As Easy As Chestnuts Roasting On an Open Fire

For me, the holidays are no grand leap when it comes to entertaining.  I love finding a reason to celebrate and entertain those closest to me as often as possible, all year round.  For some though, the holidays bring an added pressure to “host” when you don’t really want to or feel that you are not good at it.  My first response to you, if you fall into the above category I mention, DON’T DO IT!  I firmly and strongly believe if organizing and putting on a gathering makes you feel anxious, stressed or even nauseous, don’t do it…no one really cares.  Find another way that feels good to you to show your appreciation to those you love this time of year.  I hate doing Christmas cards.  Hence, I gave them up about 5 years ago when I realized the world would not collapse and I would not be judged for all eternity for not having done them.

Part of what may bring stress to some is planning the menu.  Now this is something that I enjoy.  I deliciously peruse weekly food newsletters, clippings of recipes I’ve found here or there, my cookbooks or even the world-wide web to find things I wish to recreate or that will provide me with inspiration for a creation of my own.  The number one thing to remember is keep it simple!  Honestly, most people are not comfortable with eating something they can not pronounce or does not have distinguishable ingredients.  There is also your own time limitations and skill level to keep in consideration.  But no matter how much time or skill you have, the truth is you probably have plenty of other things that you want to do besides crafting complicated, time-consuming dishes.  And do not feel the need to over do it!  Pick maybe two types of appetizers and then just simple cheese and crackers, chips and dips, and/or crudete to add to the spread.  No one is expecting you to feed them. (Unless you said you are, you call it a dinner party or start it between 5pm and 6pm.)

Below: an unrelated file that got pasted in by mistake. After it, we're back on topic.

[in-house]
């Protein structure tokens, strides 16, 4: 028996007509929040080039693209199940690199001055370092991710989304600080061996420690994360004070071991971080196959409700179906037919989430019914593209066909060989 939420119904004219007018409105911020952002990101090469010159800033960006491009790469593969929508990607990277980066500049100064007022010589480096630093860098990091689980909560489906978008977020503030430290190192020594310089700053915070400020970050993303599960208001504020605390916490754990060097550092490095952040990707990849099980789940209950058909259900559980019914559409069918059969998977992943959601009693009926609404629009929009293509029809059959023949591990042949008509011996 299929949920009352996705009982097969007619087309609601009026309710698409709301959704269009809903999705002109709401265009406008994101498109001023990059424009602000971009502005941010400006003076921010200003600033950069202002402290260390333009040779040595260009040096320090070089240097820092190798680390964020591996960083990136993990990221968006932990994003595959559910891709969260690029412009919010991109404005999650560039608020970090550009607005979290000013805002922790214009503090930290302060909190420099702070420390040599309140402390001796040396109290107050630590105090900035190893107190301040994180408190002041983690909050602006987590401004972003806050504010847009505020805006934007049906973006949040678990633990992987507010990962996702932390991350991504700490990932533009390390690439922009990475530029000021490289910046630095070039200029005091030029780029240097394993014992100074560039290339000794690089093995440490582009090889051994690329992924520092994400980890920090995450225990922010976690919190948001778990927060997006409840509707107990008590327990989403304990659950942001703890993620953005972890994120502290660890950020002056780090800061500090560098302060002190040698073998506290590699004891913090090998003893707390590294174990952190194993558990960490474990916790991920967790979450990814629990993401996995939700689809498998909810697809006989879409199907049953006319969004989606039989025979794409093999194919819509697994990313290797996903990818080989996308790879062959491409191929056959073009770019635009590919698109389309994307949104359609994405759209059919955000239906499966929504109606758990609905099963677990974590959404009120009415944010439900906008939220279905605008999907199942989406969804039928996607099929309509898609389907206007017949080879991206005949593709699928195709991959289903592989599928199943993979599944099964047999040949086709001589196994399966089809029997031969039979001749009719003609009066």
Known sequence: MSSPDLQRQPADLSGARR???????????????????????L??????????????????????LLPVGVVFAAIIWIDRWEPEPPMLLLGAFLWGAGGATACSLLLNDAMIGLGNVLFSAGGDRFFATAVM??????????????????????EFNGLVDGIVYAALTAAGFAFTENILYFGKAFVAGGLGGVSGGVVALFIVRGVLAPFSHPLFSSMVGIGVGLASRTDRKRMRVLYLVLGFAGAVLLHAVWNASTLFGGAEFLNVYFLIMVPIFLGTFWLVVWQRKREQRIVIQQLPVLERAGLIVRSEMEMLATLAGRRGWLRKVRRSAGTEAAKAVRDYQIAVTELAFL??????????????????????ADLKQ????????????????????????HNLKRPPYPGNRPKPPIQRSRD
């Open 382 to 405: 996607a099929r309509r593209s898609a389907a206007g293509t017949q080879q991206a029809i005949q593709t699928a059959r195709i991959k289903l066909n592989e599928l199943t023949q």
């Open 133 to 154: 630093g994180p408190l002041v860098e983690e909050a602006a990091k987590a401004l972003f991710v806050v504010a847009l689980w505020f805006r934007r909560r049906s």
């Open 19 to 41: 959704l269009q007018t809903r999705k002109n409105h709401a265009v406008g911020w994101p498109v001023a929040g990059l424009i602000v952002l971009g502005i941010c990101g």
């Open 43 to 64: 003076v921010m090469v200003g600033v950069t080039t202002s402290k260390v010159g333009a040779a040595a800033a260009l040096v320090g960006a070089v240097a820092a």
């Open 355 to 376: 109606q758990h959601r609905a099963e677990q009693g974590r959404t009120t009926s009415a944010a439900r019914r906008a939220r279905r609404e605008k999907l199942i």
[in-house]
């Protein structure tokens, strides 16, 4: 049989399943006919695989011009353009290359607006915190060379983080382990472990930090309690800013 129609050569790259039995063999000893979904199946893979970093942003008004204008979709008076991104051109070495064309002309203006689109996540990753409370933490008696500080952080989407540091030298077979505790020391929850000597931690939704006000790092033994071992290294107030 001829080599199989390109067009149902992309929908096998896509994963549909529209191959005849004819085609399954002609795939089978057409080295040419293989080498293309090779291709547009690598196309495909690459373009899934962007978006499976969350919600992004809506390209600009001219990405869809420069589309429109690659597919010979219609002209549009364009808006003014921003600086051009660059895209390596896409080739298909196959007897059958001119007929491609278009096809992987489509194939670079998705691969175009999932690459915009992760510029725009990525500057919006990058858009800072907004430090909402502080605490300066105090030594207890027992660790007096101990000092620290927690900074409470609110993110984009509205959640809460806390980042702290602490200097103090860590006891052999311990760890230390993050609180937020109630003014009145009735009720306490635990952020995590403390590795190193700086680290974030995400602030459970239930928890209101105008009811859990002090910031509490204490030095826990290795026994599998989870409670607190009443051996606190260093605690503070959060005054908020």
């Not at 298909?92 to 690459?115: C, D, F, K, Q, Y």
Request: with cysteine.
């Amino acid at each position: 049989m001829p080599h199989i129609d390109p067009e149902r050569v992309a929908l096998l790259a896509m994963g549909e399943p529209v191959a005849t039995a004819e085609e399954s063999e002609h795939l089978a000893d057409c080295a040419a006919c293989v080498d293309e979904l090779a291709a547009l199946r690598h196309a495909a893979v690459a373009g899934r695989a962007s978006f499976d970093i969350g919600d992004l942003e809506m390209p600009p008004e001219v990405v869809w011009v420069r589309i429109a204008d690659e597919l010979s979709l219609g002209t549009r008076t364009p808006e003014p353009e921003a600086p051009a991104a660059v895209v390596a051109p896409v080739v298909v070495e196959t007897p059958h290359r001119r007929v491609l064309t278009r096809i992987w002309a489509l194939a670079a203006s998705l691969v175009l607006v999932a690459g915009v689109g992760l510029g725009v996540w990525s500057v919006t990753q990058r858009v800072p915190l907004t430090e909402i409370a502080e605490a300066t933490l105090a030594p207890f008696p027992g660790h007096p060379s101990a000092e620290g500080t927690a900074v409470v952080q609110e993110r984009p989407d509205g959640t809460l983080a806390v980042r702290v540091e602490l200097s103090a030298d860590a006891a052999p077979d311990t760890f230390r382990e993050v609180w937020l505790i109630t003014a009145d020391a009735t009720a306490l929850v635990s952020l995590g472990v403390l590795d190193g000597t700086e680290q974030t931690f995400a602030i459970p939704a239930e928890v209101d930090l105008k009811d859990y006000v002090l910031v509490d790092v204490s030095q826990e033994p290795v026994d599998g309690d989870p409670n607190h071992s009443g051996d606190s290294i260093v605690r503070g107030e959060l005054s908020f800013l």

Here are some other tricks if you insist on hosting a soiree in the holiday spirit:  Do not be afraid to use already prepared items.  In the spirit of my personal philosophy, let me define “prepared”.  This in no way, shape or form means canned, processed or frozen items that contain ingredients that did not come from the ground or a momma.  There are plenty of organic and natural prepared items that can be found these days. (Plug to Costco…they usually have a great selection of natural and organic items that are all ready for you to serve, or heat-and-serve.)  Also look for church groups, small local bakeries or at farmers’ markets for items that are already made for you but are often created from whole ingredients, as if you did it yourself.  Have no shame in removing these ready-to-go items from their packaging and displaying them on a pretty plate of your own!

Second, only make things that you really love making.  Perhaps it’s a family recipe that was always served at gatherings or just something that you enjoy and have made a hundred times over the years.  If you really want to make everything yourself, then at least do something you enjoy and are comfortable making if the unknown is overwhelming to you.

Third, do as much as you possibly can as far ahead as possible.  Want to have a cookie platter of cookies you made yourself?  Make those cookies weeks in advance and freeze them.  Dips can easily be done two or three days, perhaps more, before the big event.  Doing veggies or fruit?  They too can be cut up several days ahead so they are all ready to be plated.

And finally, this is the season of giving.  All too many of your guests are more than happy to bring an item to share.  They will not be offended or think that it seems “cheap” of you to ask them to contribute to the night.  For extra fun, pick a theme or ask everyone who brings an item to also bring several copies of the recipe written out on recipe cards to give out and share with others.

Sharing food is a way of celebrating, acknowledging love and appreciation, and bonding with others.  For some of us the joy comes with preparing something to be proud of and then freely, and eagerly, giving it to those we love-to watch in their delight as they partake.  For some of us, being invited to gather and indulge in the creations that were carefully made, with love and thought and effort, by those closest to us is what we truly enjoy.  No matter what your preference, it can not be denied the powerful effect sharing food with others has on our lives and relationships.

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